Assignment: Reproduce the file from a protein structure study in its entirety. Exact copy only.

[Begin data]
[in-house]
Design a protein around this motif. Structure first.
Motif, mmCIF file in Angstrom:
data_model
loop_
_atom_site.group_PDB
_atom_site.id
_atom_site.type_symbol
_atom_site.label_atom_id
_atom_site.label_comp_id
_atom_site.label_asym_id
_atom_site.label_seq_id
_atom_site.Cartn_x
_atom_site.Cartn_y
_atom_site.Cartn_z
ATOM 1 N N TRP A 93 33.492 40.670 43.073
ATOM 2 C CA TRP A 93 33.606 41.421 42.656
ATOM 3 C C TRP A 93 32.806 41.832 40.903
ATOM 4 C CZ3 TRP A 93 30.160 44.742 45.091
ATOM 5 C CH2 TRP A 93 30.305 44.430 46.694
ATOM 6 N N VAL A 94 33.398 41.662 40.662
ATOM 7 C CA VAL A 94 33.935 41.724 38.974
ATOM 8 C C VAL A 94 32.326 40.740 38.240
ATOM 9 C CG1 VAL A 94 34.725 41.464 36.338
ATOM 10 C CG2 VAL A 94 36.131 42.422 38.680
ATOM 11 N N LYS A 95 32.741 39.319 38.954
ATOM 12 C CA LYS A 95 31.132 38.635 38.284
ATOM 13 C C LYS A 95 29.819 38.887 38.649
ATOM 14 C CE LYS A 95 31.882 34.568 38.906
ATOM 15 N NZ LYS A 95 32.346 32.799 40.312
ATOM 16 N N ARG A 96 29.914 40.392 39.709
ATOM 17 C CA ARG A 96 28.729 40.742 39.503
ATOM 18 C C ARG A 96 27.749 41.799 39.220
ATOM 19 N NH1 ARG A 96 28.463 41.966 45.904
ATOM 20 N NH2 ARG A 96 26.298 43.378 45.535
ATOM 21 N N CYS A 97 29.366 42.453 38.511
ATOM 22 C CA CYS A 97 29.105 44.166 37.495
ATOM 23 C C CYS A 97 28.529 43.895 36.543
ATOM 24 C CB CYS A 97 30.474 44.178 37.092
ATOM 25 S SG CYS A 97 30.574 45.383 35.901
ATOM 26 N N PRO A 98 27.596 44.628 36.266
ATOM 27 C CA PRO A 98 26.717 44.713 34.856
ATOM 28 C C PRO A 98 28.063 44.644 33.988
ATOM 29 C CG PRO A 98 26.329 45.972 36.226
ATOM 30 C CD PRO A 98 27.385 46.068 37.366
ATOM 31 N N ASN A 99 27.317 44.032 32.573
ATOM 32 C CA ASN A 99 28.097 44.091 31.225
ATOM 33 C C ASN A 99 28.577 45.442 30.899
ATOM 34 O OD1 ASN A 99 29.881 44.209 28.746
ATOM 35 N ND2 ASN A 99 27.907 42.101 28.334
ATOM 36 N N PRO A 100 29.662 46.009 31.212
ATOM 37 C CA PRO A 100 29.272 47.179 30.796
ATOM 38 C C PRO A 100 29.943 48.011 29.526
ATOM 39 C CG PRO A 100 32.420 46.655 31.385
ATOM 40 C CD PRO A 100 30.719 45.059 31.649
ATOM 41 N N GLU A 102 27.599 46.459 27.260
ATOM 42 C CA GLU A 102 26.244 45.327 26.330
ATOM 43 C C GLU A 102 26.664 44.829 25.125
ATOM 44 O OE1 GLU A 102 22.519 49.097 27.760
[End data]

[in-house]
Design a protein around this motif. Structure first.
Motif, mmCIF file in Angstrom:
data_model
loop_
_atom_site.group_PDB
_atom_site.id
_atom_site.type_symbol
_atom_site.label_atom_id
_atom_site.label_comp_id
_atom_site.label_asym_id
_atom_site.label_seq_id
_atom_site.Cartn_x
_atom_site.Cartn_y
_atom_site.Cartn_z
ATOM 1 N N TRP A 93 33.492 40.670 43.073
ATOM 2 C CA TRP A 93 33.606 41.421 42.656
ATOM 3 C C TRP A 93 32.806 41.832 40.903
ATOM 4 C CZ3 TRP A 93 30.160 44.742 45.091
ATOM 5 C CH2 TRP A 93 30.305 44.430 46.694
ATOM 6 N N VAL A 94 33.398 41.662 40.662
ATOM 7 C CA VAL A 94 33.935 41.724 38.974
ATOM 8 C C VAL A 94 32.326 40.740 38.240
ATOM 9 C CG1 VAL A 94 34.725 41.464 36.338
ATOM 10 C CG2 VAL A 94 36.131 42.422 38.680
ATOM 11 N N LYS A 95 32.741 39.319 38.954
ATOM 12 C CA LYS A 95 31.132 38.635 38.284
ATOM 13 C C LYS A 95 29.819 38.887 38.649
ATOM 14 C CE LYS A 95 31.882 34.568 38.906
ATOM 15 N NZ LYS A 95 32.346 32.799 40.312
ATOM 16 N N ARG A 96 29.914 40.392 39.709
ATOM 17 C CA ARG A 96 28.729 40.742 39.503
ATOM 18 C C ARG A 96 27.749 41.799 39.220
ATOM 19 N NH1 ARG A 96 28.463 41.966 45.904
ATOM 20 N NH2 ARG A 96 26.298 43.378 45.535
ATOM 21 N N CYS A 97 29.366 42.453 38.511
ATOM 22 C CA CYS A 97 29.105 44.166 37.495
ATOM 23 C C CYS A 97 28.529 43.895 36.543
ATOM 24 C CB CYS A 97 30.474 44.178 37.092
ATOM 25 S SG CYS A 97 30.574 45.383 35.901
ATOM 26 N N PRO A 98 27.596 44.628 36.266
ATOM 27 C CA PRO A 98 26.717 44.713 34.856
ATOM 28 C C PRO A 98 28.063 44.644 33.988
ATOM 29 C CG PRO A 98 26.329 45.972 36.226
ATOM 30 C CD PRO A 98 27.385 46.068 37.366
ATOM 31 N N ASN A 99 27.317 44.032 32.573
ATOM 32 C CA ASN A 99 28.097 44.091 31.225
ATOM 33 C C ASN A 99 28.577 45.442 30.899
ATOM 34 O OD1 ASN A 99 29.881 44.209 28.746
ATOM 35 N ND2 ASN A 99 27.907 42.101 28.334
ATOM 36 N N PRO A 100 29.662 46.009 31.212
ATOM 37 C CA PRO A 100 29.272 47.179 30.796
ATOM 38 C C PRO A 100 29.943 48.011 29.526
ATOM 39 C CG PRO A 100 32.420 46.655 31.385
ATOM 40 C CD PRO A 100 30.719 45.059 31.649
ATOM 41 N N GLU A 102 27.599 46.459 27.260
ATOM 42 C CA GLU A 102 26.244 45.327 26.330
ATOM 43 C C GLU A 102 26.664 44.829 25.125
ATOM 44 O OE1 GLU A 102 22.519 49.097 27.760